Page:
When emergencies such as these happen, one realises the importance of Medical AID, something not many people can afford to have and I will forever thank my employer, NUST for this facility. I hate to imagine what I would have gone through, healing from surgery, then getting COVID-19 and so much else that happened in between the various processes. It is times like this one realises how critical affordable healthcare for all in Africa is.
GRN and Vaccinations
Something many people may take for granted is the efforts the Namibian Government has made to ensure vaccines' availability in the country. In my own country Kenya, whereas many who wish have had their first shot, their second shot is not guaranteed any more. Access to vaccines has been easily necessitated in Namibia in key government and private hospitals. When my son and I got ours early May, the queues were short, now I hear they are quite long. Take advantage of this and do your part - the government has done its part. GET VACCINATED!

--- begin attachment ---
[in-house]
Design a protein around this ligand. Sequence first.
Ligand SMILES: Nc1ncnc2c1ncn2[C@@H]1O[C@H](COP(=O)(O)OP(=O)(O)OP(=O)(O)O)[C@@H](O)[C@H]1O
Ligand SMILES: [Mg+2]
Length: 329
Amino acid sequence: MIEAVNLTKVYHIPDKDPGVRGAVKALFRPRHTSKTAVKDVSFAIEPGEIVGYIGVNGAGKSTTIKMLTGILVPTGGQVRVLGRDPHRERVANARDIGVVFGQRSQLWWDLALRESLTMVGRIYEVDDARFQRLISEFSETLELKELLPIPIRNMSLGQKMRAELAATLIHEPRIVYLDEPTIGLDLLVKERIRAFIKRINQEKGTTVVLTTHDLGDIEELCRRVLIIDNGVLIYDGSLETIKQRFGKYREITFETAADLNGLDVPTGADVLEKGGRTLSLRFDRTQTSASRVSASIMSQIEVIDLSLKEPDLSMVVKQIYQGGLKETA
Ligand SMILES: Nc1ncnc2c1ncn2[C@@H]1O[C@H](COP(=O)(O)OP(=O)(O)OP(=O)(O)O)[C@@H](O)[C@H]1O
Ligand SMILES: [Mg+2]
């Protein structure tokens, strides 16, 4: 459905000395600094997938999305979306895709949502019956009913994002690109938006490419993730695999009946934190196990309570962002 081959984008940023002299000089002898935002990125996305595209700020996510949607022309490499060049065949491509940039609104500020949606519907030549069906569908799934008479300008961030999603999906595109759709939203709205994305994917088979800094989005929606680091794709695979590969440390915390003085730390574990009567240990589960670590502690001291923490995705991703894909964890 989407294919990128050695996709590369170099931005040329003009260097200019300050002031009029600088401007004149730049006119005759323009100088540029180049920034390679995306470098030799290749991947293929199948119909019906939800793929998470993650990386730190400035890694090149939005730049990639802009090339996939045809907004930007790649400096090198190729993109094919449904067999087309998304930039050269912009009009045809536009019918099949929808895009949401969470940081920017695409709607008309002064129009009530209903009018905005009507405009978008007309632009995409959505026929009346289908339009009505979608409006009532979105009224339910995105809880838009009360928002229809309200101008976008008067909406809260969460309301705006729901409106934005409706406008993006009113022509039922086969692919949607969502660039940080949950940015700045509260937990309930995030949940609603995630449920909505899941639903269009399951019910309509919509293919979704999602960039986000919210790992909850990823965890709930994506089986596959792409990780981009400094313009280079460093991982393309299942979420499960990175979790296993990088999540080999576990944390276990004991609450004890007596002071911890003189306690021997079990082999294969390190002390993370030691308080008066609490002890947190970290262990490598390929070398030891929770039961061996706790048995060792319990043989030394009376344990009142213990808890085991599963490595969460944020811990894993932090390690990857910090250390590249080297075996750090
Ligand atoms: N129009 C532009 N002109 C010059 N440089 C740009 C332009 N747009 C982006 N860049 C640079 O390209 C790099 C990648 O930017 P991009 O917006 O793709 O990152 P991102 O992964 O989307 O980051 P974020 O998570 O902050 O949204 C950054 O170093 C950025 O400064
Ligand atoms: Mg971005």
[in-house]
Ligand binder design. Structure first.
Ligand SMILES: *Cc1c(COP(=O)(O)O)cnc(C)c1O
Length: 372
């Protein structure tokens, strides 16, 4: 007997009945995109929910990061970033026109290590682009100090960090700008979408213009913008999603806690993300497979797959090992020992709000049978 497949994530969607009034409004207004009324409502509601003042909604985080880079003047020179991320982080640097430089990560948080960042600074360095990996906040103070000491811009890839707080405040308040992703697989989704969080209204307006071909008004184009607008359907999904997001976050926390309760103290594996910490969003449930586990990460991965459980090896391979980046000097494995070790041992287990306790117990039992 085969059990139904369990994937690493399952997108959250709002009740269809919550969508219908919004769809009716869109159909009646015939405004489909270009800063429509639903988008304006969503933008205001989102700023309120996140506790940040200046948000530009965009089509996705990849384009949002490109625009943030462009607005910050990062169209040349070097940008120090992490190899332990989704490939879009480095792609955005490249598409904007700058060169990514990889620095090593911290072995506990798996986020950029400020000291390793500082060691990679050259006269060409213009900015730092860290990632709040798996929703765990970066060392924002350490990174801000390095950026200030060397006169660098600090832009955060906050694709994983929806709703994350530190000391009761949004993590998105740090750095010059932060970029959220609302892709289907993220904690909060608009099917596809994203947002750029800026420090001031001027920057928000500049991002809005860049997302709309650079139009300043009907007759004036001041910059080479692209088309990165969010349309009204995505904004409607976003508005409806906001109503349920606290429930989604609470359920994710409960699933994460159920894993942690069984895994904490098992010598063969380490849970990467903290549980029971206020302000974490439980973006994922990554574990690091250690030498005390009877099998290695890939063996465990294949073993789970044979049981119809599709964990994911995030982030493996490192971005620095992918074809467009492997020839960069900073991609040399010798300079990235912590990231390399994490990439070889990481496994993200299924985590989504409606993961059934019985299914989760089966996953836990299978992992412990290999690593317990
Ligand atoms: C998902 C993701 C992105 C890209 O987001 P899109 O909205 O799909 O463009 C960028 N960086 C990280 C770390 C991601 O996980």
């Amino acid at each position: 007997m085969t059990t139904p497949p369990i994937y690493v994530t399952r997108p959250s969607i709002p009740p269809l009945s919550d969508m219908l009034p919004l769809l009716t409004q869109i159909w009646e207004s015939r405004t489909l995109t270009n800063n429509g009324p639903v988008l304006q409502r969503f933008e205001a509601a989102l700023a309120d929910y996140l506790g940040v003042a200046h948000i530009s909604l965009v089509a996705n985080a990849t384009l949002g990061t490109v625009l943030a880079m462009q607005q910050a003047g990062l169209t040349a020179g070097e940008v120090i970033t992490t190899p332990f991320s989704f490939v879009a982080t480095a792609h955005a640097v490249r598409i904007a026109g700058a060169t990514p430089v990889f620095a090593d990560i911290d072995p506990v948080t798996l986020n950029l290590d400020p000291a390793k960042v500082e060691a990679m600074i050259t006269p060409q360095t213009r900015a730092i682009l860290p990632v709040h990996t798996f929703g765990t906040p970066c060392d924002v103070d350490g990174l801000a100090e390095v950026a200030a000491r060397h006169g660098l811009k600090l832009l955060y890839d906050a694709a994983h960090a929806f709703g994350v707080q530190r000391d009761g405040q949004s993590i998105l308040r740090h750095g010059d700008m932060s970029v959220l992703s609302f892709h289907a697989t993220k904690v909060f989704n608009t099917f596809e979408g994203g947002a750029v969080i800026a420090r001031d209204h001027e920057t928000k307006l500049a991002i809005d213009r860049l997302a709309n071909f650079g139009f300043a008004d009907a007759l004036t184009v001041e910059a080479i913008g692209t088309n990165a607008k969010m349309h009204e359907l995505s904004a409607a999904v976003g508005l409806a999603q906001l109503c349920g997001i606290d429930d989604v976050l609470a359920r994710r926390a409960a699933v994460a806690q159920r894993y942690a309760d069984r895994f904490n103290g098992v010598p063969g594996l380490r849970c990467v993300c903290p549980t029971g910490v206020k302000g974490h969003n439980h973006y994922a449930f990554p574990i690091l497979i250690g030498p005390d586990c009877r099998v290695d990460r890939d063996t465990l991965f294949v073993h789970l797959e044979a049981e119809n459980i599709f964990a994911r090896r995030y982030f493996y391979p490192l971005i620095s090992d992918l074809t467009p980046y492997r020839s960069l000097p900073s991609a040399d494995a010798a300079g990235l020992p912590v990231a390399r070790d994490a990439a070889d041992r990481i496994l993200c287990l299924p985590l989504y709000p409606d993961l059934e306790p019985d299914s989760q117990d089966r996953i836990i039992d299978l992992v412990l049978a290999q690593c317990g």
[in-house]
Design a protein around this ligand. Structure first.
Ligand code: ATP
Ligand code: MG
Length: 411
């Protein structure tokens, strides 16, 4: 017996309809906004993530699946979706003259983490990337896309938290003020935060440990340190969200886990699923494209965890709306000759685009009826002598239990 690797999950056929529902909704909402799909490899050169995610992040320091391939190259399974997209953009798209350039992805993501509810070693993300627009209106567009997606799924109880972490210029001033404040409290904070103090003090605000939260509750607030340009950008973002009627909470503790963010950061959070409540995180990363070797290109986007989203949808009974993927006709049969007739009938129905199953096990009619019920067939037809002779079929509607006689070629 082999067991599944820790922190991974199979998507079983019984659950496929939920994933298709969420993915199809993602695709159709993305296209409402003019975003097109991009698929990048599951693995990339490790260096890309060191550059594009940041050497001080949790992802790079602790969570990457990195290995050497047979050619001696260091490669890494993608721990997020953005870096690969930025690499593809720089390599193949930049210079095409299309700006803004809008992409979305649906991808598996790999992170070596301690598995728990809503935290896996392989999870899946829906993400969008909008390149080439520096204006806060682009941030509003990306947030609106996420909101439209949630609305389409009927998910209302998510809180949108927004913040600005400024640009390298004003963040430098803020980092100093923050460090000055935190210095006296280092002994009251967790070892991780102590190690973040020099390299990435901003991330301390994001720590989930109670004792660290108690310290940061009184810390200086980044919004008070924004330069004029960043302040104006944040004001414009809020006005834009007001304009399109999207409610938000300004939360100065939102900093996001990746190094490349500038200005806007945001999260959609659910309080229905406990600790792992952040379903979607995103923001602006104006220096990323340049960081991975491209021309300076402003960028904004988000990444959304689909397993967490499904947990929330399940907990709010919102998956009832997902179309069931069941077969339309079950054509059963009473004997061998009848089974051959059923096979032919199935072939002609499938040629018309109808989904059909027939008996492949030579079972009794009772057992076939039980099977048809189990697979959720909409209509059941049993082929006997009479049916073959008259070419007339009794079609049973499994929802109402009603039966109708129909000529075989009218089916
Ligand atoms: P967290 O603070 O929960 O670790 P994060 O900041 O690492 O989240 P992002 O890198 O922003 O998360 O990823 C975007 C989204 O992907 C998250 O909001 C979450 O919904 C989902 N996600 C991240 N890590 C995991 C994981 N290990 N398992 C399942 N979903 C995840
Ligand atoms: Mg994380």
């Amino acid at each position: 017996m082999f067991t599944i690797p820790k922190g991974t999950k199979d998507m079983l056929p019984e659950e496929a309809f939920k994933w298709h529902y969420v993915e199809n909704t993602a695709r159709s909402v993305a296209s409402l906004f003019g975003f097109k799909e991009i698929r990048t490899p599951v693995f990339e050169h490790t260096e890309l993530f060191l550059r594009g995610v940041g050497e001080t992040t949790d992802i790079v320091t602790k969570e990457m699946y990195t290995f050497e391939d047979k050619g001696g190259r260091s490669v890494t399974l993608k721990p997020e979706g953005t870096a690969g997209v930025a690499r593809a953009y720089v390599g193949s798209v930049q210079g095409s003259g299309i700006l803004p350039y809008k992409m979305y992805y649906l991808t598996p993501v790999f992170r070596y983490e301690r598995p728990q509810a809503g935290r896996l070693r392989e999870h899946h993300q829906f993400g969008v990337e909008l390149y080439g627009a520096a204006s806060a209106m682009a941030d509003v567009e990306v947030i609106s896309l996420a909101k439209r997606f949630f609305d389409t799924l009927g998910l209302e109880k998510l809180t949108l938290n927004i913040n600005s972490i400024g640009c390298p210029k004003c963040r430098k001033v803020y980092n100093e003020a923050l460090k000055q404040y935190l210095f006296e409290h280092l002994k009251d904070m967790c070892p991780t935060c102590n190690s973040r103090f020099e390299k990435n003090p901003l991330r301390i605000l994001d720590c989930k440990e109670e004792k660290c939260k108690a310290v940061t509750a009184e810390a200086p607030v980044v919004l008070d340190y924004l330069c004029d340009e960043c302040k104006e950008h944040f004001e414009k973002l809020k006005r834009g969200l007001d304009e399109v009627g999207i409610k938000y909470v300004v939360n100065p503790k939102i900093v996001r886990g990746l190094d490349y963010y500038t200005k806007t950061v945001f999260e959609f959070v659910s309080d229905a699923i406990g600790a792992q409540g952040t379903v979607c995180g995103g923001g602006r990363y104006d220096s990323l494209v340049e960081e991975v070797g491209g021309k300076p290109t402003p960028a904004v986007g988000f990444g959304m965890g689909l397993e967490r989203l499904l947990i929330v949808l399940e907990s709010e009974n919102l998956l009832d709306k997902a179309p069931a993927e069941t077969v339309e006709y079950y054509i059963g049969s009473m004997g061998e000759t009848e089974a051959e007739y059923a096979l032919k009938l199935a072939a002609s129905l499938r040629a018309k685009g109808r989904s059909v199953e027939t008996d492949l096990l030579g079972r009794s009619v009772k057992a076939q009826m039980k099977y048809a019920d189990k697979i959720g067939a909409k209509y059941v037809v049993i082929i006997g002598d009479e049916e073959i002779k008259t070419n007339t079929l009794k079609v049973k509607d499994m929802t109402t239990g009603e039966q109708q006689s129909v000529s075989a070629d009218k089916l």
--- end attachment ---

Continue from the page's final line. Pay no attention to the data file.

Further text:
This narrative can go on and on as one can never say enough as I look at where I was and where I am today. When I returned home, my son telling me that everyday he woke up or went out and came back, he was scared he would call me and I would not respond. He had reached a point where he knew if I did not go to hospital, I was not going to make it out of the house alive. He started wondering what would happen next. He knew some basics about what he needed to do but that transition - he did not want to think about it. He was very relieved when I told him we needed to go to hospital. Decisions we make, lives we live affect our children, our loved ones but until they talk about it, sometimes we never truly understand unless it it too late - I thank God I went to hospital when I did.